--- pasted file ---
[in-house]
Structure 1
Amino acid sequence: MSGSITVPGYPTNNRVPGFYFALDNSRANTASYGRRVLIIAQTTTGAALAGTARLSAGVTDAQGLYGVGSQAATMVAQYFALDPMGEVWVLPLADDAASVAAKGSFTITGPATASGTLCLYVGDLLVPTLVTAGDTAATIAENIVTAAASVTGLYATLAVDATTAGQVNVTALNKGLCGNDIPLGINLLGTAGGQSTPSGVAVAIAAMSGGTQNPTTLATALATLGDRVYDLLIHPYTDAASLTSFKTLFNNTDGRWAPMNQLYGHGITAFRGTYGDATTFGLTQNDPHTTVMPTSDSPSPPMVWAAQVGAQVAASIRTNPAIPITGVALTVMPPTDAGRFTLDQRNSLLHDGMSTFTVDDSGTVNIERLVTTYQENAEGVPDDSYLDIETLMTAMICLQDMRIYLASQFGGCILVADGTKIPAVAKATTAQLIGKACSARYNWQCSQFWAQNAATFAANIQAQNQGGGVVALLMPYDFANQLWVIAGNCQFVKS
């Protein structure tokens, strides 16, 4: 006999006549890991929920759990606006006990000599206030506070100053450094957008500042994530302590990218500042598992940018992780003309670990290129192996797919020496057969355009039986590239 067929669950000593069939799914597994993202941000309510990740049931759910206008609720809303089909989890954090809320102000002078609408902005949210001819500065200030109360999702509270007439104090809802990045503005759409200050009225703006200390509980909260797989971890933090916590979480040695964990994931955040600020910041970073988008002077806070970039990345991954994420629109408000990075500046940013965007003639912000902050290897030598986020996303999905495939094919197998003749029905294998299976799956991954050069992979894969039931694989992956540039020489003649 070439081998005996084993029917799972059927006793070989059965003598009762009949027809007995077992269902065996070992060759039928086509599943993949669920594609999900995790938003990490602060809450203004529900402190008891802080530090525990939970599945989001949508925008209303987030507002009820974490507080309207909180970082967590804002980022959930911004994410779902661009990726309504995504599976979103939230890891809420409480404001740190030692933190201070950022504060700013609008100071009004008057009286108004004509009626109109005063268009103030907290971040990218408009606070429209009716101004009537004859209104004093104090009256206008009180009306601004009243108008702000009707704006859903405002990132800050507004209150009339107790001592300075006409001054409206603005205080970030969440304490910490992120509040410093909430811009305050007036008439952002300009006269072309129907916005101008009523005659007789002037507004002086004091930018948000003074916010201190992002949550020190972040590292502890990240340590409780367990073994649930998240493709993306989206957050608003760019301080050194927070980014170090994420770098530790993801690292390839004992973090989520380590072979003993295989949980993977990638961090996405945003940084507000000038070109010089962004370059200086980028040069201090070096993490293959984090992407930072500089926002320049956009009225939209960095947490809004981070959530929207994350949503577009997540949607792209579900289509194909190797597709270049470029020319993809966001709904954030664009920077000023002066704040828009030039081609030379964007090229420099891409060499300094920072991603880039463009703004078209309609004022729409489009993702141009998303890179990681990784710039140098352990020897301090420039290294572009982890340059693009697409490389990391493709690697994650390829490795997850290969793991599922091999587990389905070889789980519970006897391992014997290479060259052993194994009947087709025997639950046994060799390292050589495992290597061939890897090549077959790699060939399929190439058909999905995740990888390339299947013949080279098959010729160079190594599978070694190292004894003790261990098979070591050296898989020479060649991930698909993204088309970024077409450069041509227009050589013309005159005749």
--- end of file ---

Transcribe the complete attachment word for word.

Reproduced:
[in-house]
Structure 1
Amino acid sequence: MSGSITVPGYPTNNRVPGFYFALDNSRANTASYGRRVLIIAQTTTGAALAGTARLSAGVTDAQGLYGVGSQAATMVAQYFALDPMGEVWVLPLADDAASVAAKGSFTITGPATASGTLCLYVGDLLVPTLVTAGDTAATIAENIVTAAASVTGLYATLAVDATTAGQVNVTALNKGLCGNDIPLGINLLGTAGGQSTPSGVAVAIAAMSGGTQNPTTLATALATLGDRVYDLLIHPYTDAASLTSFKTLFNNTDGRWAPMNQLYGHGITAFRGTYGDATTFGLTQNDPHTTVMPTSDSPSPPMVWAAQVGAQVAASIRTNPAIPITGVALTVMPPTDAGRFTLDQRNSLLHDGMSTFTVDDSGTVNIERLVTTYQENAEGVPDDSYLDIETLMTAMICLQDMRIYLASQFGGCILVADGTKIPAVAKATTAQLIGKACSARYNWQCSQFWAQNAATFAANIQAQNQGGGVVALLMPYDFANQLWVIAGNCQFVKS
């Protein structure tokens, strides 16, 4: 006999006549890991929920759990606006006990000599206030506070100053450094957008500042994530302590990218500042598992940018992780003309670990290129192996797919020496057969355009039986590239 067929669950000593069939799914597994993202941000309510990740049931759910206008609720809303089909989890954090809320102000002078609408902005949210001819500065200030109360999702509270007439104090809802990045503005759409200050009225703006200390509980909260797989971890933090916590979480040695964990994931955040600020910041970073988008002077806070970039990345991954994420629109408000990075500046940013965007003639912000902050290897030598986020996303999905495939094919197998003749029905294998299976799956991954050069992979894969039931694989992956540039020489003649 070439081998005996084993029917799972059927006793070989059965003598009762009949027809007995077992269902065996070992060759039928086509599943993949669920594609999900995790938003990490602060809450203004529900402190008891802080530090525990939970599945989001949508925008209303987030507002009820974490507080309207909180970082967590804002980022959930911004994410779902661009990726309504995504599976979103939230890891809420409480404001740190030692933190201070950022504060700013609008100071009004008057009286108004004509009626109109005063268009103030907290971040990218408009606070429209009716101004009537004859209104004093104090009256206008009180009306601004009243108008702000009707704006859903405002990132800050507004209150009339107790001592300075006409001054409206603005205080970030969440304490910490992120509040410093909430811009305050007036008439952002300009006269072309129907916005101008009523005659007789002037507004002086004091930018948000003074916010201190992002949550020190972040590292502890990240340590409780367990073994649930998240493709993306989206957050608003760019301080050194927070980014170090994420770098530790993801690292390839004992973090989520380590072979003993295989949980993977990638961090996405945003940084507000000038070109010089962004370059200086980028040069201090070096993490293959984090992407930072500089926002320049956009009225939209960095947490809004981070959530929207994350949503577009997540949607792209579900289509194909190797597709270049470029020319993809966001709904954030664009920077000023002066704040828009030039081609030379964007090229420099891409060499300094920072991603880039463009703004078209309609004022729409489009993702141009998303890179990681990784710039140098352990020897301090420039290294572009982890340059693009697409490389990391493709690697994650390829490795997850290969793991599922091999587990389905070889789980519970006897391992014997290479060259052993194994009947087709025997639950046994060799390292050589495992290597061939890897090549077959790699060939399929190439058909999905995740990888390339299947013949080279098959010729160079190594599978070694190292004894003790261990098979070591050296898989020479060649991930698909993204088309970024077409450069041509227009050589013309005159005749």